People living with type 1 diabetes are no more likely to develop a hearing impairment than people without type 1, according to a recent study.
Researchers found that there was no difference overall in cases of hearing loss between a group of people with type 1 diabetes and their spouses, who didn’t have type 1 diabetes.
Among participants with type 1 however, longer time spent with a higher HbA1c did increase the chance of developing a hearing impairment.
Overall, these positive findings offer reassurance for people living with type 1 diabetes.
Why did they do this research?
Previous research had linked different types of diabetes with hearing loss, but no large studies had been carried out to establish how many people with long-standing type 1 diabetes develop a hearing impairment.
The researchers therefore designed this study, the largest of its kind, to assess hearing loss in people living with type 1 diabetes.
The team invited participants from the Diabetes Control and Complications Trial/Epidemiology of Diabetes Interventions and Complications (DCCT/EDIC) study. This US study has been tracking people living with type 1 diabetes for over 30 years to see how glucose levels are linked with health outcomes.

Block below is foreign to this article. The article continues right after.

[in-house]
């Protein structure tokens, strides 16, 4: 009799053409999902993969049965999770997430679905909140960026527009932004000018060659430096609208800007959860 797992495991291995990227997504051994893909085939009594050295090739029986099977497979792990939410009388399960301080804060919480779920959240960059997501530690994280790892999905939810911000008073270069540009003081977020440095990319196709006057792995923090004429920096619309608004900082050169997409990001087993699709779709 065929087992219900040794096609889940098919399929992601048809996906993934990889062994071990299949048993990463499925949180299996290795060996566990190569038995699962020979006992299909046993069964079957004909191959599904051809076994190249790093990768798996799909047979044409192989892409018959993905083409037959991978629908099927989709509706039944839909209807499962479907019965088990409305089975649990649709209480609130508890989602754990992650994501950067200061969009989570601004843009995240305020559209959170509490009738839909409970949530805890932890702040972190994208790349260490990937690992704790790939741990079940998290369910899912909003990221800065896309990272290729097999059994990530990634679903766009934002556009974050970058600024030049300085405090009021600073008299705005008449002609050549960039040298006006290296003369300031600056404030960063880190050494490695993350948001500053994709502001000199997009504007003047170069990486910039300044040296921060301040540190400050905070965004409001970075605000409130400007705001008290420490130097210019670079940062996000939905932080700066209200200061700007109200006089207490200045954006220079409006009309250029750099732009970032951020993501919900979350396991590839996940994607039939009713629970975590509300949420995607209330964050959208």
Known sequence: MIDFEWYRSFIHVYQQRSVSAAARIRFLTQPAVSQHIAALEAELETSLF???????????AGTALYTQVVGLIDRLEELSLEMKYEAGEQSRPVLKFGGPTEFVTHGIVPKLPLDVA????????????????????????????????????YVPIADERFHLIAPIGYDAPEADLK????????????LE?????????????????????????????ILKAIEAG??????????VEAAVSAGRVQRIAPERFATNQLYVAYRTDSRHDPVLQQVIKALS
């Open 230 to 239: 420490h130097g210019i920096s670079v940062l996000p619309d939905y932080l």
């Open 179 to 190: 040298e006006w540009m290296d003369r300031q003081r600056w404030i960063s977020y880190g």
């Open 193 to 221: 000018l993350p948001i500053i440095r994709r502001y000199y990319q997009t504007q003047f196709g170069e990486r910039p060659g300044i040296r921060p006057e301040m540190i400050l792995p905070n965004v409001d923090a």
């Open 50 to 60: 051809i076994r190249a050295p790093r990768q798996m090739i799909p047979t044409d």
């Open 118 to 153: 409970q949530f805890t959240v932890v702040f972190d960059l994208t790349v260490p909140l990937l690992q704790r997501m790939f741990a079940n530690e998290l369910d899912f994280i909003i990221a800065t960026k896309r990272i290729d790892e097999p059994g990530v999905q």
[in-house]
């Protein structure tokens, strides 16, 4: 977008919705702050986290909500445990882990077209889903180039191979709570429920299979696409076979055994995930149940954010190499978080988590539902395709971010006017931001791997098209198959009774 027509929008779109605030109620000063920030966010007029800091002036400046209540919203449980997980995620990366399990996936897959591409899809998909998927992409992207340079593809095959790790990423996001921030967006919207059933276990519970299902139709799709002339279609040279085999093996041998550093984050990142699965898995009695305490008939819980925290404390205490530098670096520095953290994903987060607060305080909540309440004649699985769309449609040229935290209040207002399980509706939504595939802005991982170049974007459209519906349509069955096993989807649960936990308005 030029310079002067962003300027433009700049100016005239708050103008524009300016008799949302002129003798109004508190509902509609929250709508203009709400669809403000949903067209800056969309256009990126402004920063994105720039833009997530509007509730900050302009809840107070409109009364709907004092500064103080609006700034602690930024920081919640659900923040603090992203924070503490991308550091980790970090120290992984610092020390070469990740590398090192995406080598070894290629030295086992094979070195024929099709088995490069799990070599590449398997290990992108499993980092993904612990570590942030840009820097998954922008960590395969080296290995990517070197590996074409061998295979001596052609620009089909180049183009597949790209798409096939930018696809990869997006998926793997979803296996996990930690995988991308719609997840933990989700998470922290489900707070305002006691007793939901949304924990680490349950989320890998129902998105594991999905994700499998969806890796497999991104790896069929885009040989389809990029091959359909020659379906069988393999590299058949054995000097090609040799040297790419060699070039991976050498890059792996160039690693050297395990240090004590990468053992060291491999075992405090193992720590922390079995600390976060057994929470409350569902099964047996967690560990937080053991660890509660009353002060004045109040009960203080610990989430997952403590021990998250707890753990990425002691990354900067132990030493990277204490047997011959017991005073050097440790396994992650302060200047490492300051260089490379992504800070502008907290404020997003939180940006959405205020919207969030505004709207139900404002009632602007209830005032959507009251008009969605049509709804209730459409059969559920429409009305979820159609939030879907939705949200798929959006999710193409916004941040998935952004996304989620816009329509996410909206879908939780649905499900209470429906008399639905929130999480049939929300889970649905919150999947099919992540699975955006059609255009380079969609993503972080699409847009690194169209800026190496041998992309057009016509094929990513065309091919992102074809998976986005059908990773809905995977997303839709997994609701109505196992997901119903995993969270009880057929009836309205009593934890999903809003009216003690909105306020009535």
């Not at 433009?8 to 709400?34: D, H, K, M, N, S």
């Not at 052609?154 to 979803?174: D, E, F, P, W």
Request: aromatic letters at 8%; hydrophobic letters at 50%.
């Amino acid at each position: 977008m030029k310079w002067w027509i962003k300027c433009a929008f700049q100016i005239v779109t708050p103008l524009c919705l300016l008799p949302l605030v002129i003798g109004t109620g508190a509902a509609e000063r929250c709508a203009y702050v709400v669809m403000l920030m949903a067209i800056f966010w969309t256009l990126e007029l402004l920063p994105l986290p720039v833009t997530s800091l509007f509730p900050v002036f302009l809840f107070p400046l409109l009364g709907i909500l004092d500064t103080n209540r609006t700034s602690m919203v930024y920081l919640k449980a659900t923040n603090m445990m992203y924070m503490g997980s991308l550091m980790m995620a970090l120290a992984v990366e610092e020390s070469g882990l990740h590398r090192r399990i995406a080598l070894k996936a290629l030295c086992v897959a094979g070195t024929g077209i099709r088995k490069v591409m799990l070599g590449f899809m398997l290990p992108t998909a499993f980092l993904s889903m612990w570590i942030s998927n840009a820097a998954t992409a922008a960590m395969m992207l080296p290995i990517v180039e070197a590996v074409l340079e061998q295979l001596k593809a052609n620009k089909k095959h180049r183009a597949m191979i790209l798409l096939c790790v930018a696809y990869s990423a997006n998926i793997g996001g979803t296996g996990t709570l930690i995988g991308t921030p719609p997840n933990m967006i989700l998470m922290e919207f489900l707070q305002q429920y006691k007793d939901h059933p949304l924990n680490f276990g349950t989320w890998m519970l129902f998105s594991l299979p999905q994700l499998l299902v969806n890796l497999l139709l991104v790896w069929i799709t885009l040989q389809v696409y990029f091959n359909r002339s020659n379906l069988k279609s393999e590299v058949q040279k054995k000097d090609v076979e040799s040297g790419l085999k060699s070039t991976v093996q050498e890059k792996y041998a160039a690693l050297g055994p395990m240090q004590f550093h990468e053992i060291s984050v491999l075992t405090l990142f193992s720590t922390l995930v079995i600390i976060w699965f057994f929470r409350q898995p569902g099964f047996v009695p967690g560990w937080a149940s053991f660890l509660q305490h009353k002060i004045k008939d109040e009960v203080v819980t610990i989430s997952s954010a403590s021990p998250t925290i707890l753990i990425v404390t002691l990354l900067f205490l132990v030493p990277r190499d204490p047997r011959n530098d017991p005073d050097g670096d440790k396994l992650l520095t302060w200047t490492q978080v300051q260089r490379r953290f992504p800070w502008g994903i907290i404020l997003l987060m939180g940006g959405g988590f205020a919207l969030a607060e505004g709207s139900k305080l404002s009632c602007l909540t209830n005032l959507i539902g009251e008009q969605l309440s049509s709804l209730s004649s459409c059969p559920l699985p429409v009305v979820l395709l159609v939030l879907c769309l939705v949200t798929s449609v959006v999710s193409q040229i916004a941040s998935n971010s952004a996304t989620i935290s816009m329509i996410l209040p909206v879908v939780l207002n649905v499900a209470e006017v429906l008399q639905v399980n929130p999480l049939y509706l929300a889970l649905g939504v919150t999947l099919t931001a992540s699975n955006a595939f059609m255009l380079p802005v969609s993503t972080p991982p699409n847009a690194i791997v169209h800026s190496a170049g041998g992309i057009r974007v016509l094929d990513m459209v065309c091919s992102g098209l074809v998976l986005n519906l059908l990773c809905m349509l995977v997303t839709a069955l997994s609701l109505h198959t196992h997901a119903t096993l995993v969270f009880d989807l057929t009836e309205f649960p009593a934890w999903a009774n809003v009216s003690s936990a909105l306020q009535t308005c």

What did they find?
1,150 people with type 1 took part in the study, along with 283 spouses without type 1 diabetes, for comparison. The participants completed standard hearing tests to check hearing at pitches commonly used in speech, and at very high pitches.
The researchers found that 20% of participants with type 1 diabetes experienced hearing loss at pitches commonly found in speech, compared with 19% of the spouses. In addition, 52% of people with type 1 and 48% of spouses had impaired hearing at very high pitches.
The results mean that overall, hearing loss rates were very similar between the two groups of participants.
Within the group of people with type 1 diabetes however, longer periods of time with higher HbA1c levels were linked with an increased chance of developing hearing loss.
What does this mean for type 1?
These findings are good news for people living with type 1 diabetes and their quality of life.
However, in their paper, the researchers noted that the relatively young age of the participants (on average 56 years old) may be why they generally found low levels of hearing impairment, as hearing loss tends to develop at an older age.
The researchers also highlighted that the comparison in this study looked at married people, and previous research indicates that being married can lead to better health outcomes. It may be that further research will be needed to see if these results are representative of everyone living with type 1 diabetes.